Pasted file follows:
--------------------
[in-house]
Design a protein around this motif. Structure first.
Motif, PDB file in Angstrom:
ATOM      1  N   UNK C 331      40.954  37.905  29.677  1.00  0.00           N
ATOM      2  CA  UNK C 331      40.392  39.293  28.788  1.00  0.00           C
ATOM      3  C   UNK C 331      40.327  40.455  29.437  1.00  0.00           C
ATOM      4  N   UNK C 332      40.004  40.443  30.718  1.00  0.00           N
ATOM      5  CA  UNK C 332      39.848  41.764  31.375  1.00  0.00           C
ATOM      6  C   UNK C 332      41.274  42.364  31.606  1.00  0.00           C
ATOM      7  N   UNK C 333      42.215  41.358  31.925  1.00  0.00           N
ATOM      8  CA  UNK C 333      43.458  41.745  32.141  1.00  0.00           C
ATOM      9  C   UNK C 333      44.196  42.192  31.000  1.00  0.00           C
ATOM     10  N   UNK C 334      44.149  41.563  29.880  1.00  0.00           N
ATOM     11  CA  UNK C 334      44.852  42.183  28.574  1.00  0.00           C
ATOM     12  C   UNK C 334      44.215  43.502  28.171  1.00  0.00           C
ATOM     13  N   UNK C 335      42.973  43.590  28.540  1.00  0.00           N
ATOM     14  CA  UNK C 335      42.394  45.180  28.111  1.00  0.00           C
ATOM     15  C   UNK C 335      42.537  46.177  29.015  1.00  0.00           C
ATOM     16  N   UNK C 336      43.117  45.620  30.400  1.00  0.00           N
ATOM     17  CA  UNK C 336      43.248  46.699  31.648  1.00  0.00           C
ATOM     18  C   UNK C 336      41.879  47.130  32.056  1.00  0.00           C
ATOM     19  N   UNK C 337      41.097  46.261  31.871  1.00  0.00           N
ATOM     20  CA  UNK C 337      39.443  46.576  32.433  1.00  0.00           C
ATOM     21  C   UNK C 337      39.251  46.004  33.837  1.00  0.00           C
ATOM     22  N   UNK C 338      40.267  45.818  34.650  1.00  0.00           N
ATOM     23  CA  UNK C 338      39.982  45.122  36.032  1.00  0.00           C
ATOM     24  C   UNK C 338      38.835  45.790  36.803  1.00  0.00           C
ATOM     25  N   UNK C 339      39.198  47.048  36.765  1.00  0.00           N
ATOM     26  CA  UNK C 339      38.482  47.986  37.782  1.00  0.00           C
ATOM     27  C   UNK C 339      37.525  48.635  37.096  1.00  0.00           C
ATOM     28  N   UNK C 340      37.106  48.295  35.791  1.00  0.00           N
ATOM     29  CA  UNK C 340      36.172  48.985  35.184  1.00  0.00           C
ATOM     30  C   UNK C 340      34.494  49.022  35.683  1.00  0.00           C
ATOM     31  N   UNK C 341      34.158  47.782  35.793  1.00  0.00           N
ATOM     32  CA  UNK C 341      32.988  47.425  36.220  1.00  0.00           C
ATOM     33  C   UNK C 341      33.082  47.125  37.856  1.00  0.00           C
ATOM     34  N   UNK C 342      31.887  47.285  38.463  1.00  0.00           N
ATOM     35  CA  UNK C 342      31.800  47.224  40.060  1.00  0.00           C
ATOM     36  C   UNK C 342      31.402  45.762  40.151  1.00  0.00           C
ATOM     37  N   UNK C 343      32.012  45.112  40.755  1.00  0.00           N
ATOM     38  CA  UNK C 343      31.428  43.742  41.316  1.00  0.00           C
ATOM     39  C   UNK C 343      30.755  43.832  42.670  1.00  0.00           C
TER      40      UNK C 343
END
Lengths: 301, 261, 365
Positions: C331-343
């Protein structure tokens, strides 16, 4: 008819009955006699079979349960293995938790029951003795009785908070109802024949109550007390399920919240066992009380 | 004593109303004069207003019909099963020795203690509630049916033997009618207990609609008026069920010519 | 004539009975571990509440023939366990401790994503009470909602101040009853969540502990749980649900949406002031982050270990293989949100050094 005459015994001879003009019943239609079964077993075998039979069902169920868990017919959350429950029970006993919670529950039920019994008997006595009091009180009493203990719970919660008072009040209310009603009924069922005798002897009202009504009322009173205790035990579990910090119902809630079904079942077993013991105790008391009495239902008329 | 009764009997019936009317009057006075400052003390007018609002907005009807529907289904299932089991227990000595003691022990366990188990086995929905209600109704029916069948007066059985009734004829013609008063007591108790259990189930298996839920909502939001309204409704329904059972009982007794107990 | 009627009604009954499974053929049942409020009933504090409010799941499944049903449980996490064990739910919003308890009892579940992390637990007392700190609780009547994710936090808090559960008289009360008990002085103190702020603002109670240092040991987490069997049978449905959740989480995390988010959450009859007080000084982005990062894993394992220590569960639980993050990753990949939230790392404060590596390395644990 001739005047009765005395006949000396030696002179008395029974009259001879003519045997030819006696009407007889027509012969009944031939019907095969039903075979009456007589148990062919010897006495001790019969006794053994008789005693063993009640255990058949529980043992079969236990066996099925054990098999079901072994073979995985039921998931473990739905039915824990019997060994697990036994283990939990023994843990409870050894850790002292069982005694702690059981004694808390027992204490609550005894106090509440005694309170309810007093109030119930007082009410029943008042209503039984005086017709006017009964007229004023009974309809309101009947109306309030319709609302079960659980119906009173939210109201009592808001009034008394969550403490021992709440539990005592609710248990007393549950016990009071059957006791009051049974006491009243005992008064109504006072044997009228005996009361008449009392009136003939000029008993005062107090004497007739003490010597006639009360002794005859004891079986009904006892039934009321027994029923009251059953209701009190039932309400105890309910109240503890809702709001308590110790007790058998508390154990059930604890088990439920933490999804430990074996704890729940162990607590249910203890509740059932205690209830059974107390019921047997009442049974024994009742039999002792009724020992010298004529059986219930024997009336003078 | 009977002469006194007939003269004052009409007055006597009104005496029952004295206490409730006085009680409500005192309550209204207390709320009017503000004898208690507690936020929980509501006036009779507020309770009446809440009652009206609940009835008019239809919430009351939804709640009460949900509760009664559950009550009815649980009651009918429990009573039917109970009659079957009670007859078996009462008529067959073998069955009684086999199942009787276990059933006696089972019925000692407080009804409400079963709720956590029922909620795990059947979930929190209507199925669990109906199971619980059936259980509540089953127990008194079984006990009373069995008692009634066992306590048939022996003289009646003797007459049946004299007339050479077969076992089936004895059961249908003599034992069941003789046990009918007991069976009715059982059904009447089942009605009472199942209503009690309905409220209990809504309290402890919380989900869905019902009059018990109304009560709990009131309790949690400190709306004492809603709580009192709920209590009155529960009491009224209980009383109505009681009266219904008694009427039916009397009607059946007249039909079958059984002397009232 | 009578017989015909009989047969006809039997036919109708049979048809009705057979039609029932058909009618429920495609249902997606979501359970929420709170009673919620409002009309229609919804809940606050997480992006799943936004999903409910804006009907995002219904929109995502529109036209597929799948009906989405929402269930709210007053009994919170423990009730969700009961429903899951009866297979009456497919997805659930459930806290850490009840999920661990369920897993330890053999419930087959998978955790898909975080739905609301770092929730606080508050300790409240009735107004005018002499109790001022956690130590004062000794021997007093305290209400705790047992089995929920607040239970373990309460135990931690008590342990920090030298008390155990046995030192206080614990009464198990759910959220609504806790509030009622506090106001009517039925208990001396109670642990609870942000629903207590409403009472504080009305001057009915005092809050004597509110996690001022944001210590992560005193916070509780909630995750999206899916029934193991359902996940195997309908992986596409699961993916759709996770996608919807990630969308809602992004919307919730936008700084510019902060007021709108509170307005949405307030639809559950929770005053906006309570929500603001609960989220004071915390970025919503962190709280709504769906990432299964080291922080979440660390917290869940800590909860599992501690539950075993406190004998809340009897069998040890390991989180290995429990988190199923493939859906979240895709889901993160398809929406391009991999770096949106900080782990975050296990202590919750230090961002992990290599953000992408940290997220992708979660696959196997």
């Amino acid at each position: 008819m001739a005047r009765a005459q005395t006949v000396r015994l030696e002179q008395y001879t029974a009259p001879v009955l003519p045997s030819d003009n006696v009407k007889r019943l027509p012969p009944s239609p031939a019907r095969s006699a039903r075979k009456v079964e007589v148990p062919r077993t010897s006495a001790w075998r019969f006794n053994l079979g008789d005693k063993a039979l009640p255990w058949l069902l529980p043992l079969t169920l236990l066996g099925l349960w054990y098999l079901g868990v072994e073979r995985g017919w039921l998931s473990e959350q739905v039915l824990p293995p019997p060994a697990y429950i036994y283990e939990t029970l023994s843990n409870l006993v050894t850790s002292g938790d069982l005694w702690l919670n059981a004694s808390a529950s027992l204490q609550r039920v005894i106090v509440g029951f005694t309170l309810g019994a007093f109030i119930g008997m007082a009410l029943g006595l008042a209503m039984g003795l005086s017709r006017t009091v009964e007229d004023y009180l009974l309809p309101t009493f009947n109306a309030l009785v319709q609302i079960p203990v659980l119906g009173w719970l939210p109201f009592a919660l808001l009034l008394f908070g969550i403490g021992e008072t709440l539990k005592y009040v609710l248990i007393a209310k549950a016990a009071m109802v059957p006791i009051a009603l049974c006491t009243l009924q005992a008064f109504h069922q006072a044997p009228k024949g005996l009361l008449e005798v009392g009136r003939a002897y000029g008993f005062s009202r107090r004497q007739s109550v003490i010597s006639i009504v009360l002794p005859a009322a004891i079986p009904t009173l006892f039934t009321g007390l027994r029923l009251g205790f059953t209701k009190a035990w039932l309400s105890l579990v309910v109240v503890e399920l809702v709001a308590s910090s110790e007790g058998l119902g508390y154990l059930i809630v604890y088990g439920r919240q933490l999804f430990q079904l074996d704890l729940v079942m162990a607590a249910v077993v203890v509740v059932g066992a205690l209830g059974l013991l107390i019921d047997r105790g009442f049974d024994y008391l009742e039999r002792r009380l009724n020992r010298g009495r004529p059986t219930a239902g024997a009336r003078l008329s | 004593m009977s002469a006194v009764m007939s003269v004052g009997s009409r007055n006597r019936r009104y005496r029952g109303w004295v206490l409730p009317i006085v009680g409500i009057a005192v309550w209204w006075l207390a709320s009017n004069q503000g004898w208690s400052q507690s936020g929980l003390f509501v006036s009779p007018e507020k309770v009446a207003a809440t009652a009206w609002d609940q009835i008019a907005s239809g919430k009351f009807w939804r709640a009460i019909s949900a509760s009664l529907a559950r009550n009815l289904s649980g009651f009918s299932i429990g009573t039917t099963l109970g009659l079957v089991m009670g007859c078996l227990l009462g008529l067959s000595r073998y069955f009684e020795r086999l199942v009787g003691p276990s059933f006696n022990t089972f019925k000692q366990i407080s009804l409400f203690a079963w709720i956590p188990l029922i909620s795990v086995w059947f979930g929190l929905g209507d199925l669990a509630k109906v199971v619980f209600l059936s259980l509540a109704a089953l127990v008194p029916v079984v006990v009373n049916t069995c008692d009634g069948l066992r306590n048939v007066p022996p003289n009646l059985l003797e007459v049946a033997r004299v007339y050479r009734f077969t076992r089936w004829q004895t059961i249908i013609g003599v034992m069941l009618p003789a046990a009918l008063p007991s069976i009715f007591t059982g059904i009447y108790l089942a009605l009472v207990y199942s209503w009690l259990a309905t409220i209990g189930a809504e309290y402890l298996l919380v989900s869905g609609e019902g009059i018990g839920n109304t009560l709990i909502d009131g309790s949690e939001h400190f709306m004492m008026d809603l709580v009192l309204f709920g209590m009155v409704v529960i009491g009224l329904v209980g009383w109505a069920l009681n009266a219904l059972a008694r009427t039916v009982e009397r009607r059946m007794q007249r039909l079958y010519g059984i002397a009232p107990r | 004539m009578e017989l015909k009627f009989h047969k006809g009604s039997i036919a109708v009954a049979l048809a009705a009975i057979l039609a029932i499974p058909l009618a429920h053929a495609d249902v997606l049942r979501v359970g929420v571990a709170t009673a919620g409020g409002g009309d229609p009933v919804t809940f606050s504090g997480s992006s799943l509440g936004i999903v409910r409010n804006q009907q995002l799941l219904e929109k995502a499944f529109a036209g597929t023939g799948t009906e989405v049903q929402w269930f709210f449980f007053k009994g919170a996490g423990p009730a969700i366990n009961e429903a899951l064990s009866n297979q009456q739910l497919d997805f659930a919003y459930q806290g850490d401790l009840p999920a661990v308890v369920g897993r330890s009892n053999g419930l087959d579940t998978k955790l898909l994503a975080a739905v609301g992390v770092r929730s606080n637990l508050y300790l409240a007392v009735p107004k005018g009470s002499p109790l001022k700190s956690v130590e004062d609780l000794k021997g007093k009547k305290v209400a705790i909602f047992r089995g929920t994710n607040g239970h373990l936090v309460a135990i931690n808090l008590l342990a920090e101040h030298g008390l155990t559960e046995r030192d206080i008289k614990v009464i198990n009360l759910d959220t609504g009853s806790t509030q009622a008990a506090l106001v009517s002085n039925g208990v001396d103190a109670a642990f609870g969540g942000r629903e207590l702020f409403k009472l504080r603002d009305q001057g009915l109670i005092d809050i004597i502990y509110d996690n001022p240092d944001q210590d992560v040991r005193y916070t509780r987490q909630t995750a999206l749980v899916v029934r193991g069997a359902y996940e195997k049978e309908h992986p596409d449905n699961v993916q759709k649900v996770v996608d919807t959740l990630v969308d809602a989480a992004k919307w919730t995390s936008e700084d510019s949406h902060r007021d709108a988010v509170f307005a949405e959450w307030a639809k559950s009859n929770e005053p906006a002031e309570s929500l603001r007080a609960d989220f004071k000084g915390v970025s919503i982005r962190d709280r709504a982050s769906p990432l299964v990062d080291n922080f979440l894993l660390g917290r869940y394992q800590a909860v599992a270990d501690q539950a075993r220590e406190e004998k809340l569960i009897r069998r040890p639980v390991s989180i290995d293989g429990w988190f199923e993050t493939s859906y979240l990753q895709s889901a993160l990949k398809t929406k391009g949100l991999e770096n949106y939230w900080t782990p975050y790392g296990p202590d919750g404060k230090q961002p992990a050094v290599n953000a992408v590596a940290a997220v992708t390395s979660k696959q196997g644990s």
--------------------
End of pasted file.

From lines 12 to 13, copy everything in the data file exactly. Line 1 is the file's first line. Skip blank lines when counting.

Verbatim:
ATOM      9  C   UNK C 333      44.196  42.192  31.000  1.00  0.00           C
ATOM     10  N   UNK C 334      44.149  41.563  29.880  1.00  0.00           N